Storify is a tool to curate social media reactions and news and to present it in a coherent package.
Distance Learning Class (2/23/2017) for JRNL10
1 Read the professor’s example of a Storify story, about the historic Supreme Court case that legalized gay marriage.
2 Browse Mashable’s use of Storify (warning: it’s very long and there’s no need to read everything) to compile the continuously updating story of the Brussel’s terror attack.
Notice that a Storify package can take different forms. My example is compact and more structured, first providing the information and then providing reactions to the news. Mashable’s example uses Storify as a platform to collect updates, so it is in reverse chronological order, much like a blog. A summary is provided at the top, but if you want to read it as a narrative, you must begin at the very bottom and work your way up.
In both cases, a successful Storify package is not just a list of tweets. Storify is about:
- Curation: To “curate”, like a museum curator, is to select the best items from a wide range of things. Your job is to pick out the items that are most relevant and most newsworthy for your story.
- Aggregation: Aggregation is the act of putting things together. So you’re taking many disparate pieces of social media (different tweets, videos, Instagram posts, links, etc.) into one group.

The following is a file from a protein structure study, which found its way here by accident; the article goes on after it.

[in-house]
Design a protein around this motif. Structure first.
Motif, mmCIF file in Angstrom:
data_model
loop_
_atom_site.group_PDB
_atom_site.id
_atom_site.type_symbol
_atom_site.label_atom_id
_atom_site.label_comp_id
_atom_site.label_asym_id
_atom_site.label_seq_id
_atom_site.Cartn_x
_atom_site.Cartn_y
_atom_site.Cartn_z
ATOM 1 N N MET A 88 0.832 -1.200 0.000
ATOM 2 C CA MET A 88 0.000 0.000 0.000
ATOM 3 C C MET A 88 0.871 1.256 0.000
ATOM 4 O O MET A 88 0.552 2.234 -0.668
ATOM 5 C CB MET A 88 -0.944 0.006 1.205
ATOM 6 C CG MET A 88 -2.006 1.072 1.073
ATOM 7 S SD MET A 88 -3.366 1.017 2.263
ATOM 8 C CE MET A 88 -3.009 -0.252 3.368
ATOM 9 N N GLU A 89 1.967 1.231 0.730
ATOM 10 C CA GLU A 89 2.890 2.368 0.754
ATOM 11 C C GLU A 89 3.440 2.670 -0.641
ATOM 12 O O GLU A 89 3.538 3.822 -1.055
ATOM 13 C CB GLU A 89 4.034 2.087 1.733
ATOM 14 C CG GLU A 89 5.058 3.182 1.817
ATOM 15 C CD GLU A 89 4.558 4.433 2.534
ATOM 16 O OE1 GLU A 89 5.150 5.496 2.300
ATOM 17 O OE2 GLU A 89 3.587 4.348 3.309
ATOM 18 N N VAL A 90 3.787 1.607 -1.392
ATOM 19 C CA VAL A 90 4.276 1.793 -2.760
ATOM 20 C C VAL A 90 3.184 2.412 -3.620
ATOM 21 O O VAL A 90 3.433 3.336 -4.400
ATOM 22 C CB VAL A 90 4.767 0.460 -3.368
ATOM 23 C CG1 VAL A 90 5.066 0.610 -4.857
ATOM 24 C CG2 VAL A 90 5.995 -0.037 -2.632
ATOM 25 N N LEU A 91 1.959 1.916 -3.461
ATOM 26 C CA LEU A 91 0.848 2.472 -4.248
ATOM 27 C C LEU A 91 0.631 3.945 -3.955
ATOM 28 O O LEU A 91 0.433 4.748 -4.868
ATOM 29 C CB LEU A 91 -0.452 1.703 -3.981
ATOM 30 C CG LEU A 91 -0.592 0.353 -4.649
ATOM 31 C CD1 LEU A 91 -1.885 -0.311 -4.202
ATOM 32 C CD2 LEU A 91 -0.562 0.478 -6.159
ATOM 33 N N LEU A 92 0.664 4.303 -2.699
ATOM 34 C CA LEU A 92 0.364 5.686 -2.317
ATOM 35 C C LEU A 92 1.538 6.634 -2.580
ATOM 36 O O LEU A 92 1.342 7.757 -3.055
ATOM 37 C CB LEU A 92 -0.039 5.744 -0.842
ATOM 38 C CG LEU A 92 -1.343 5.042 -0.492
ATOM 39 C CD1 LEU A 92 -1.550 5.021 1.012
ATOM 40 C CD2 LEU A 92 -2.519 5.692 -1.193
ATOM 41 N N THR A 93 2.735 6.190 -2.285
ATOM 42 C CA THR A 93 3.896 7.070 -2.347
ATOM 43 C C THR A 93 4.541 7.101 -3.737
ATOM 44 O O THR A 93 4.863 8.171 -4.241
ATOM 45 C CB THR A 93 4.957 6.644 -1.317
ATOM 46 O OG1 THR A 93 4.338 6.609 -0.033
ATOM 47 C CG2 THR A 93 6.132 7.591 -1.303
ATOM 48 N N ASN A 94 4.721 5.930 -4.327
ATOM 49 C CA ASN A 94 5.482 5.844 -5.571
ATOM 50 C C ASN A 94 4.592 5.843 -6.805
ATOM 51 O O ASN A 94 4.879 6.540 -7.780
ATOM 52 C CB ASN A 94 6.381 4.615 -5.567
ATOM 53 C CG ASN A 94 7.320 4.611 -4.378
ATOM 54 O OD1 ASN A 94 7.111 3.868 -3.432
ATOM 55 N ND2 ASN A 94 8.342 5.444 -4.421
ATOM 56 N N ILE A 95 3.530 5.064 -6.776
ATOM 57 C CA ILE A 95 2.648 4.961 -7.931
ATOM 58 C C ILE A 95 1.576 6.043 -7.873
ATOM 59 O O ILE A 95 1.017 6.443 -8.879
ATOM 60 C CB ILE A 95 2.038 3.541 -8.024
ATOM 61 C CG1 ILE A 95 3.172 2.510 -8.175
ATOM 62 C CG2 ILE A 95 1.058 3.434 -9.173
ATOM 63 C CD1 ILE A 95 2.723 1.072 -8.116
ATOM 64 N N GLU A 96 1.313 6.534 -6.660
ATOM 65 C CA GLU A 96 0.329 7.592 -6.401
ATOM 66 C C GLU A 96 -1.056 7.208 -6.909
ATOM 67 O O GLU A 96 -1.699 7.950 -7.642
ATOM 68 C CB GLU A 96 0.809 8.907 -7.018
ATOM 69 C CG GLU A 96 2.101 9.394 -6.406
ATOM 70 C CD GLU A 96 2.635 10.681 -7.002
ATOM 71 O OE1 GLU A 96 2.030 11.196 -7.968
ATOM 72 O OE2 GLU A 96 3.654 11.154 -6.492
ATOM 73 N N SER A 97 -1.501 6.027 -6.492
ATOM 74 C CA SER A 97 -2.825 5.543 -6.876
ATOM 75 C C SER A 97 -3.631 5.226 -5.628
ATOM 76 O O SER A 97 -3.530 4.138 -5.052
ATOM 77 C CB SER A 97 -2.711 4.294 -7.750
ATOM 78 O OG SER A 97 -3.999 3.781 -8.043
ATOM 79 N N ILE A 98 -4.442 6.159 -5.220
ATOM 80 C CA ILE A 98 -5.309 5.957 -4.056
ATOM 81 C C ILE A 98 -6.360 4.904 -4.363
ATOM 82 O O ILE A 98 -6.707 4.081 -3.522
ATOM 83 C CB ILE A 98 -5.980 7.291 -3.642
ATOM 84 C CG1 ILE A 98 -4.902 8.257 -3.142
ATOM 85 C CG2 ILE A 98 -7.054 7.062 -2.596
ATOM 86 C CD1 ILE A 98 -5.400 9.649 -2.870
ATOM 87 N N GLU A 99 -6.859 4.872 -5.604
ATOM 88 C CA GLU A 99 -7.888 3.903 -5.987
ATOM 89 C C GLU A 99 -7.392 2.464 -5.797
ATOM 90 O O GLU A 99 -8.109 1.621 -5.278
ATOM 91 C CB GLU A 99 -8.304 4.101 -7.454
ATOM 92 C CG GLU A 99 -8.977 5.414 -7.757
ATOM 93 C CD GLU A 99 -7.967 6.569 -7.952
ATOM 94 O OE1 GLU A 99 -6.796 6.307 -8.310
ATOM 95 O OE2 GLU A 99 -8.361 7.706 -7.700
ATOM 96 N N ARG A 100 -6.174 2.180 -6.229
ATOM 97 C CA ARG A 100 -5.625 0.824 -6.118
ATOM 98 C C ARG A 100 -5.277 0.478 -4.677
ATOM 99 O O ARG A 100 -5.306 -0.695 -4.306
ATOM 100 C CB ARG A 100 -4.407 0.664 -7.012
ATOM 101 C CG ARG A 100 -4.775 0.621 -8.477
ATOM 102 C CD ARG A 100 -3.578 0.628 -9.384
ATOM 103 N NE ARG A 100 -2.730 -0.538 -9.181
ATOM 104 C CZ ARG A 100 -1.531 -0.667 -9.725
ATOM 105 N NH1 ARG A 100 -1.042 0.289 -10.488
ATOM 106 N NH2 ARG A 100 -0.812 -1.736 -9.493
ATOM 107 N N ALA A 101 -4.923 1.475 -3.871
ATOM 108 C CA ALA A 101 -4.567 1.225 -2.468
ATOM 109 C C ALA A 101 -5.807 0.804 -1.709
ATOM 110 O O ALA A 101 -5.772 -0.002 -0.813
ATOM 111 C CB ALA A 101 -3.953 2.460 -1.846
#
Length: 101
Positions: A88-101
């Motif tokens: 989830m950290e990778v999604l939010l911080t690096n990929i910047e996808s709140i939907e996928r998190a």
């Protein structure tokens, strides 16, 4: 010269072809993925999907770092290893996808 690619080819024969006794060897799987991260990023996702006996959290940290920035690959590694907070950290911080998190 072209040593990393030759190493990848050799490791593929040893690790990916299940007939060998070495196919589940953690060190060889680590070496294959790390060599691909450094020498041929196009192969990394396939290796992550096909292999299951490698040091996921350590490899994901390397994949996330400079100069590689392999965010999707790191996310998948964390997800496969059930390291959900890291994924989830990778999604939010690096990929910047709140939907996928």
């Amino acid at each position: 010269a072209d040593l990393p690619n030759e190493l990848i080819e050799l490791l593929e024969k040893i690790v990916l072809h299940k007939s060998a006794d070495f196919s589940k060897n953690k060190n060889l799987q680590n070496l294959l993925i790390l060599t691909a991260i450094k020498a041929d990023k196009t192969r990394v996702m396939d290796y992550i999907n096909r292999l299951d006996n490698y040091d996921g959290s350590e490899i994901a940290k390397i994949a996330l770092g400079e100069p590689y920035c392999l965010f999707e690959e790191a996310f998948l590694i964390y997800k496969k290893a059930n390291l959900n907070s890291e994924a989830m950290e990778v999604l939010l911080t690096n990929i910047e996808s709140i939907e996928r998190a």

- Verification: As a journalist, you’re responsible for vetting the content. Don’t just include tweets without checking the source. Is this person credible? Is the information accurate?
- Contextualization: Add value to the collected social media. Explain to your audience what it all means, provide some background information–who are the characters, what is the issue–and link to other published material or articles.
- Organization: Create some structure to your social media items. Will you present it in chronological order? Can you group the social media reaction? (what is the official response from the gov’t? what did celebrities say? politicians? eyewitnesses? other journalists or news organizations?)
Finally, think visually: Look for tweets with videos or images–they work best. Look for some visual variety to help pace the story on the page and to make it more graphically interesting.
3 Read this tutorial on Storify from the University of Wisconsin and this tutorial from Kelly Fincham at Hofstra.
4 Make sure that you also view the following video by Mindy McAdams from the University of Florida.
5. Now it’s your turn to try it out. Create a free account on Storify and start making your own story. The topic of the Storify Distance Learning assignment will be announced before class. Your package must contain:
- A headline
- A deck (the short text just below the headline)
- At least 10 tweets, curated and organized.
- At least one YouTube video
- Original writing to provide context and connect the different social media elements and to transition from one thought to the next. You should incorporate at least one hyperlink within your text.
6. Post the link to your published Storify package with your name to the comments section of this blog post. Look at one of your classmate’s example. I want to see that you’re able to create a basic Storify package to complete the graded Storify assignment (topic of your choice) due Feb. 28.
Additional (optional) resources:
How to create Storify packages